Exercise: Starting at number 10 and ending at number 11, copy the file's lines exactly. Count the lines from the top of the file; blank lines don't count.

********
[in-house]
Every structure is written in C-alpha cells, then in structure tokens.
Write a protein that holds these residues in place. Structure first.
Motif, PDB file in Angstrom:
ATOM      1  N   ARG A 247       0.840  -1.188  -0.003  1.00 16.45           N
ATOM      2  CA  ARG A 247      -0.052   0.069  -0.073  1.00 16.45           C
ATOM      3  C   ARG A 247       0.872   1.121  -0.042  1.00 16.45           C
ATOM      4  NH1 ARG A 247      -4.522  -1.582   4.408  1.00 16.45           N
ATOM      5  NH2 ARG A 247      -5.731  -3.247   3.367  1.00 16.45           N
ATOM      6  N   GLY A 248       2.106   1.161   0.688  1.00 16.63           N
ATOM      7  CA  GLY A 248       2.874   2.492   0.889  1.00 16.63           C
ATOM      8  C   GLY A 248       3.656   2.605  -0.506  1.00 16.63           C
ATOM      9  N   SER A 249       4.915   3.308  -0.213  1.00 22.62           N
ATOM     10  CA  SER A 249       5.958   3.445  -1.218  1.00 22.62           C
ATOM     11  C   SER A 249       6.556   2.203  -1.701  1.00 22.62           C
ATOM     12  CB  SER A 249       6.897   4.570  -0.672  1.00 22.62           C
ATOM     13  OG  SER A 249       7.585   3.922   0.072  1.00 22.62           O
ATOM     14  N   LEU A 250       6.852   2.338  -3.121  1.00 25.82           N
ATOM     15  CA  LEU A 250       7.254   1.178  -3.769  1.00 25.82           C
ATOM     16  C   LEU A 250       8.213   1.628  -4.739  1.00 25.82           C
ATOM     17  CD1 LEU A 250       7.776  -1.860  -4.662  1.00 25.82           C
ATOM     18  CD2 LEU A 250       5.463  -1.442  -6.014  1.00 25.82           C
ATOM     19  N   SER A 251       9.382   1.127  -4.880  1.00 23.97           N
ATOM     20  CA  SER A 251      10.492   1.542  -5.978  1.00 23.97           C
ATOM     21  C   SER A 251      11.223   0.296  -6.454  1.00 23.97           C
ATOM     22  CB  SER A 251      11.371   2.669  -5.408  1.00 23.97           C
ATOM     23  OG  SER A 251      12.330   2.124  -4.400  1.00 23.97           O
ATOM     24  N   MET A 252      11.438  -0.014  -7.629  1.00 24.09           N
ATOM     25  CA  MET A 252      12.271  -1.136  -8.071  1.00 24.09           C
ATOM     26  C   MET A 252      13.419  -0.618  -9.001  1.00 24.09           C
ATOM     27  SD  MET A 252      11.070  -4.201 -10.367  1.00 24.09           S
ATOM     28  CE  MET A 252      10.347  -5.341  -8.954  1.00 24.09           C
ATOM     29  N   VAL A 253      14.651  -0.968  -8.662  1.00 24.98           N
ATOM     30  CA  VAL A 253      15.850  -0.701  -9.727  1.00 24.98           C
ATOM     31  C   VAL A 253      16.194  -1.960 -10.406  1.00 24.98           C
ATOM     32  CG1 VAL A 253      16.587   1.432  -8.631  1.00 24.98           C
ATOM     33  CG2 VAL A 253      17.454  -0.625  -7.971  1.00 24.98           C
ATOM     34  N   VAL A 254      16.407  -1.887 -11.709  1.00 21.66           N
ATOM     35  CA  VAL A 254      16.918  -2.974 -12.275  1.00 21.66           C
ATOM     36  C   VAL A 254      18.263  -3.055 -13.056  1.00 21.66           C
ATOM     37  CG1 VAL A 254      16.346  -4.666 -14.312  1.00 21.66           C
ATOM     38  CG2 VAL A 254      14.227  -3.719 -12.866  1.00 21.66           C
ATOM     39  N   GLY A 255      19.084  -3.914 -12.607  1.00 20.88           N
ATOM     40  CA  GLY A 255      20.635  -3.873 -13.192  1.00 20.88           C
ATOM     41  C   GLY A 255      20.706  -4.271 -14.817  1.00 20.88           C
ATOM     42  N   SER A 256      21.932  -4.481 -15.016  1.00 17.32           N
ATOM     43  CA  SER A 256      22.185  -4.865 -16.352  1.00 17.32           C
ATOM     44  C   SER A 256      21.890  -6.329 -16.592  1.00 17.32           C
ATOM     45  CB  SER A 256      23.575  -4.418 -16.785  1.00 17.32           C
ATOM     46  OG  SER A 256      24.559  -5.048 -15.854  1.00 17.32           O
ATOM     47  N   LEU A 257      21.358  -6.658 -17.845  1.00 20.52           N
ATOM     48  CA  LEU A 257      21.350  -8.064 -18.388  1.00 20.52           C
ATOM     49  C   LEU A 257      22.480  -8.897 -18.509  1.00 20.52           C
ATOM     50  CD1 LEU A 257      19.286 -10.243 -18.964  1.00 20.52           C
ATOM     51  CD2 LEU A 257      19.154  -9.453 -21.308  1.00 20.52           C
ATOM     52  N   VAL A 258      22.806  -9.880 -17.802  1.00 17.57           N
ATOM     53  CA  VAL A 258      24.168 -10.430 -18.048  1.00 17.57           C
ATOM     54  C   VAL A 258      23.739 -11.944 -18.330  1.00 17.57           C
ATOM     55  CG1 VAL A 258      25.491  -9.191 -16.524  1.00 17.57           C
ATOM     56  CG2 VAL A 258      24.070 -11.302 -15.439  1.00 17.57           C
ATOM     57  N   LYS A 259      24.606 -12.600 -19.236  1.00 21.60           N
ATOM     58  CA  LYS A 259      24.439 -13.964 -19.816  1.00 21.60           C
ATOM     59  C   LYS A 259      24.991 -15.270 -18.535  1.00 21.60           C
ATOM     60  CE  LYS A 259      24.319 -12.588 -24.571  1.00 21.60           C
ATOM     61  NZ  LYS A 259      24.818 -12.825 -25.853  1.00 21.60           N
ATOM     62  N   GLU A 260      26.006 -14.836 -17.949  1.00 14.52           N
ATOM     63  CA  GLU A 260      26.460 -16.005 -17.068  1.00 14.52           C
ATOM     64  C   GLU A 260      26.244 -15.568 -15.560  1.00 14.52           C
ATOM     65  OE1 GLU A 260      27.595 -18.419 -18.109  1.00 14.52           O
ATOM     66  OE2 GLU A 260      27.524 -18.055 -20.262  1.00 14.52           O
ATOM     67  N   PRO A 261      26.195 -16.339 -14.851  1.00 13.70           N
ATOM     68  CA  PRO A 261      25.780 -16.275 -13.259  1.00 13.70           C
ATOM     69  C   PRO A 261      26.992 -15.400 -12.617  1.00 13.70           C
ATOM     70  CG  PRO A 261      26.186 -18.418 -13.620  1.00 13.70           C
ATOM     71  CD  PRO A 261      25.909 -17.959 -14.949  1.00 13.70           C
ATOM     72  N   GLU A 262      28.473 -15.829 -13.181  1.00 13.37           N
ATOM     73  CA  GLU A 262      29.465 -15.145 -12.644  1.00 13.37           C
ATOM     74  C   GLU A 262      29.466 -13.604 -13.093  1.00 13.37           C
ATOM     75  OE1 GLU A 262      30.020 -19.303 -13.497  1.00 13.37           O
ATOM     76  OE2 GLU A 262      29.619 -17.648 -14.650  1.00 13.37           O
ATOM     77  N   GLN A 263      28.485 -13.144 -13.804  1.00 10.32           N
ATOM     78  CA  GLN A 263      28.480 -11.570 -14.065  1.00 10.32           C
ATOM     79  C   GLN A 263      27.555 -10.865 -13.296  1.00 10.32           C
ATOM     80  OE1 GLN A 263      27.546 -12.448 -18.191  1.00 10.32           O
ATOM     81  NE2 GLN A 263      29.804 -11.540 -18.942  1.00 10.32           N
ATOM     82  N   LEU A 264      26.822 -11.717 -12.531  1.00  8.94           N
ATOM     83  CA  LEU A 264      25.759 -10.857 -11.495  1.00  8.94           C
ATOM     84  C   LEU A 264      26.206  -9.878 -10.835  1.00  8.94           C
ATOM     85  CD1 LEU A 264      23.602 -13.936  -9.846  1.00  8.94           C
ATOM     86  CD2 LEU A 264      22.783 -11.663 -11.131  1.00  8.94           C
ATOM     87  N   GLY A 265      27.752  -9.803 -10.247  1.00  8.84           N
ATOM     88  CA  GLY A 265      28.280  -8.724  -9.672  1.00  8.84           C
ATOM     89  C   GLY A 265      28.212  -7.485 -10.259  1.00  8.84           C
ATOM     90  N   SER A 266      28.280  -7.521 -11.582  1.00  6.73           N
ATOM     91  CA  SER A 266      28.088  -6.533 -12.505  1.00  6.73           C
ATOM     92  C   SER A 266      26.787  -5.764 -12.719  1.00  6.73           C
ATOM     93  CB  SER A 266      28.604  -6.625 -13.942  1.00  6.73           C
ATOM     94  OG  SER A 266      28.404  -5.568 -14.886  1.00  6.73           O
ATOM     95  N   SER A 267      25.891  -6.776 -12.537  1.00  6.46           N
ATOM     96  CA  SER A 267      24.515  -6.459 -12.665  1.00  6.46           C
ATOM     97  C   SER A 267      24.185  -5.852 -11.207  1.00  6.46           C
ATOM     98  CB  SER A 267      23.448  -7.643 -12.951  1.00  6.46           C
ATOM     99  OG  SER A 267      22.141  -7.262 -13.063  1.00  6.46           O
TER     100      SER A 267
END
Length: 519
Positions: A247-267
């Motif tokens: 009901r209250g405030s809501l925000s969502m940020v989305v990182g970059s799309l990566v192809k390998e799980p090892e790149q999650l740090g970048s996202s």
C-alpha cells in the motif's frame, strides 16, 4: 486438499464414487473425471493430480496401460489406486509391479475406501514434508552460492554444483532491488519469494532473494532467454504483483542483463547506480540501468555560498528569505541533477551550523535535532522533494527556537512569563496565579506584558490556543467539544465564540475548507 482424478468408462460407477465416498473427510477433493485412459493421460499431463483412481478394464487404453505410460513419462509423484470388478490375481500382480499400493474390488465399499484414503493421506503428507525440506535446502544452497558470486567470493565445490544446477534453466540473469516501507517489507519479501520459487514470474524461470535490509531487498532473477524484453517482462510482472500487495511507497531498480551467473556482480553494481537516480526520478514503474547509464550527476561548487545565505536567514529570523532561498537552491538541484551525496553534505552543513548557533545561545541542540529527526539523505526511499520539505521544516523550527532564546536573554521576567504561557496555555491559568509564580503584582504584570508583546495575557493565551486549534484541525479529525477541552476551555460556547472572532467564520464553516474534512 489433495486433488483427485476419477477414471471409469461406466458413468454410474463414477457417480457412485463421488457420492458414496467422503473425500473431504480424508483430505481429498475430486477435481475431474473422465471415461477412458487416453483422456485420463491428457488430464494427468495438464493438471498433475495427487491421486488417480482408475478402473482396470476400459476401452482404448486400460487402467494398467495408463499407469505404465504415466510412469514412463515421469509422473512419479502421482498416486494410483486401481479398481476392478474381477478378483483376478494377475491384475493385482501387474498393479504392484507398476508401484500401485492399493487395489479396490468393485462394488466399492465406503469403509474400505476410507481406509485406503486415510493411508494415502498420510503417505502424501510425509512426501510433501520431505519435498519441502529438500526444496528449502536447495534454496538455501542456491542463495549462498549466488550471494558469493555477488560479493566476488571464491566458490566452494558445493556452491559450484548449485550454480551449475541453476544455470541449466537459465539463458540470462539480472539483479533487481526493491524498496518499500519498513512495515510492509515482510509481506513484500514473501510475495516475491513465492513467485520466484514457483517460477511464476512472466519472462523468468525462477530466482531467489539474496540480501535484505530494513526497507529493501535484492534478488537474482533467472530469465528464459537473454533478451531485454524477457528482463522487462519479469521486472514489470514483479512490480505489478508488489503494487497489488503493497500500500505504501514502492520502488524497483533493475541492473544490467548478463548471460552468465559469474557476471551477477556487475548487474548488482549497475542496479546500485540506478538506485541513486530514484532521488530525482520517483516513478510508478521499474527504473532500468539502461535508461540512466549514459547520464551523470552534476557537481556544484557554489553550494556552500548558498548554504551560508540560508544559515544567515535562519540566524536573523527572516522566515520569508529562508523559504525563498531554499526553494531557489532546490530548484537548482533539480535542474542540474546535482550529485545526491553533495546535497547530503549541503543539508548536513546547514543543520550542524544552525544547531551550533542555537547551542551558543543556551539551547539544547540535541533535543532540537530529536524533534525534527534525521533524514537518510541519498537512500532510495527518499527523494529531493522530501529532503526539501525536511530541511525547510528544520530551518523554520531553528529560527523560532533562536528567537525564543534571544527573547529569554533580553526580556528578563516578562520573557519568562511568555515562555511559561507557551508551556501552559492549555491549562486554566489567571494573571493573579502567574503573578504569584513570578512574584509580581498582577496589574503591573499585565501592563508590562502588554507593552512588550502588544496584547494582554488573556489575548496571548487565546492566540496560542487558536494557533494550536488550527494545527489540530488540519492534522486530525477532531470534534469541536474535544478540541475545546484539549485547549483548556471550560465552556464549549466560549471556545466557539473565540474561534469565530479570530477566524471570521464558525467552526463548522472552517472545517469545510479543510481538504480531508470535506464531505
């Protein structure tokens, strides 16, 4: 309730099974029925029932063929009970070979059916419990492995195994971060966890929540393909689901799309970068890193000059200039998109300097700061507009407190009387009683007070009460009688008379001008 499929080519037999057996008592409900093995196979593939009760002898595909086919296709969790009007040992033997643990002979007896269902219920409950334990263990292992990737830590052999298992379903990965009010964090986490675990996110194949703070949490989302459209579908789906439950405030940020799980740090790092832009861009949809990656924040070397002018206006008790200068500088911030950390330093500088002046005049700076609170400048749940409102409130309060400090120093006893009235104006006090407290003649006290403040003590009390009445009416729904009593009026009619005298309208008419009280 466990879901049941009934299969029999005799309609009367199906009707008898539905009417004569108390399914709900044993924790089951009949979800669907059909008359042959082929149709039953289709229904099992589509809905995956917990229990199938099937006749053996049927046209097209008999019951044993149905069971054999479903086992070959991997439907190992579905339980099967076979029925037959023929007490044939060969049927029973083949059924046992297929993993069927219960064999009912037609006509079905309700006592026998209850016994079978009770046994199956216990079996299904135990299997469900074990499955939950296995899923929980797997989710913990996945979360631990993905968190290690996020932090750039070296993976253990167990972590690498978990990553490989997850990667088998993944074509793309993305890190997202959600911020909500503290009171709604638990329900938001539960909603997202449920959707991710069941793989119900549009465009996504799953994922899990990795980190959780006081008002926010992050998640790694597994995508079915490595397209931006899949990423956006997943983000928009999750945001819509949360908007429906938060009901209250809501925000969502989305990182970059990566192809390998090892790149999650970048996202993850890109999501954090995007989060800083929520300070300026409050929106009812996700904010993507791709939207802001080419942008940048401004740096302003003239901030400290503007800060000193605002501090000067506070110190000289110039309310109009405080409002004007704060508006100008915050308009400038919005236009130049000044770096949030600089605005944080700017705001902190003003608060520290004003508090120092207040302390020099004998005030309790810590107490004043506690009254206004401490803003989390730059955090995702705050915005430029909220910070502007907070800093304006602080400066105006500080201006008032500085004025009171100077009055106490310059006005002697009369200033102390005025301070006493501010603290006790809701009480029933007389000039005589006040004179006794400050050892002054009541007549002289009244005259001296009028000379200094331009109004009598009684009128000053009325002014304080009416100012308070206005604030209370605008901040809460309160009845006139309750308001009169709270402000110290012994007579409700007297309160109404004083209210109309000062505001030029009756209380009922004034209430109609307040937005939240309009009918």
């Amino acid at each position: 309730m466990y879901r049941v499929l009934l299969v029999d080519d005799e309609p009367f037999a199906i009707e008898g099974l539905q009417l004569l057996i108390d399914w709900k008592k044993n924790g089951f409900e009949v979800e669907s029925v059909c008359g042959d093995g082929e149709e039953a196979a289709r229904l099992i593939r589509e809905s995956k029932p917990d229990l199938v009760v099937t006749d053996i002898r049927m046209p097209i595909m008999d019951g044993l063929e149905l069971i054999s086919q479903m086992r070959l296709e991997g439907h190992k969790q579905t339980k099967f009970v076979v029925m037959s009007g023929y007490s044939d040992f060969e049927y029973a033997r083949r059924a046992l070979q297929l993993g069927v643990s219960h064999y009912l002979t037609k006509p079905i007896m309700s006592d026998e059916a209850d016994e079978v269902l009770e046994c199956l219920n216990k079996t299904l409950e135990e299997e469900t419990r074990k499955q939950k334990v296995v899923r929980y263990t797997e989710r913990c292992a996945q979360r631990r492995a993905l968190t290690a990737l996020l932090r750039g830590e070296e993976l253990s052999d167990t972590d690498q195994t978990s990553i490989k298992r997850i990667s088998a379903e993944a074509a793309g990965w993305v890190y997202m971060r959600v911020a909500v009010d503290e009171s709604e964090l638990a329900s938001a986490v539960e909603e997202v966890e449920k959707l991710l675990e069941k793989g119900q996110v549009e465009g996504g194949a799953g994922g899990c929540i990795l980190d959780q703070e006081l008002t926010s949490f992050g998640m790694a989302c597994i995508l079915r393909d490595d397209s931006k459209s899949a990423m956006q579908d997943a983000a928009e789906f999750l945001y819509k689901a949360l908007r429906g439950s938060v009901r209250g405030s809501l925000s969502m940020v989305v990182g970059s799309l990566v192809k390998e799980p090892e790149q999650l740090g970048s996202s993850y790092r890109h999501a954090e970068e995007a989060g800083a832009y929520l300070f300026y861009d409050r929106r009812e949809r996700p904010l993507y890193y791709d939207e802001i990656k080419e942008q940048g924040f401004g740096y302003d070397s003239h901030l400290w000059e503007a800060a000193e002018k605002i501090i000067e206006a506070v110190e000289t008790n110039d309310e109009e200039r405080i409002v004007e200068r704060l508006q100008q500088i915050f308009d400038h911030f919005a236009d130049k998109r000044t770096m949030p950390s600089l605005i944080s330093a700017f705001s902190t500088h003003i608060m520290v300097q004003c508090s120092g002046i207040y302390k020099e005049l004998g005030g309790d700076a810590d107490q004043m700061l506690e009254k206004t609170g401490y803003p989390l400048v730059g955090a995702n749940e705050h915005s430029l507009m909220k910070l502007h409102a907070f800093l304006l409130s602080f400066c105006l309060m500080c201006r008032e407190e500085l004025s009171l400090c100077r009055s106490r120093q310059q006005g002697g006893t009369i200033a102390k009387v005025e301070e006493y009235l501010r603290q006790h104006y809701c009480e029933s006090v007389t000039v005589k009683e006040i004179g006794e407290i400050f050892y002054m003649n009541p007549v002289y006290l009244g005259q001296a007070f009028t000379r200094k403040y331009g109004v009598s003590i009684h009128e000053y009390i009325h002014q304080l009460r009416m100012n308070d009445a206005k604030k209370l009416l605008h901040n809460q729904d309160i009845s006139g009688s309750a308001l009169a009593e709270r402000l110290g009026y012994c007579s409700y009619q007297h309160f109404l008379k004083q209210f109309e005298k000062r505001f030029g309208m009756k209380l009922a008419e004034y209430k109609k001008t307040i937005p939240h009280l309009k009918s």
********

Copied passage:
ATOM      6  N   GLY A 248       2.106   1.161   0.688  1.00 16.63           N
ATOM      7  CA  GLY A 248       2.874   2.492   0.889  1.00 16.63           C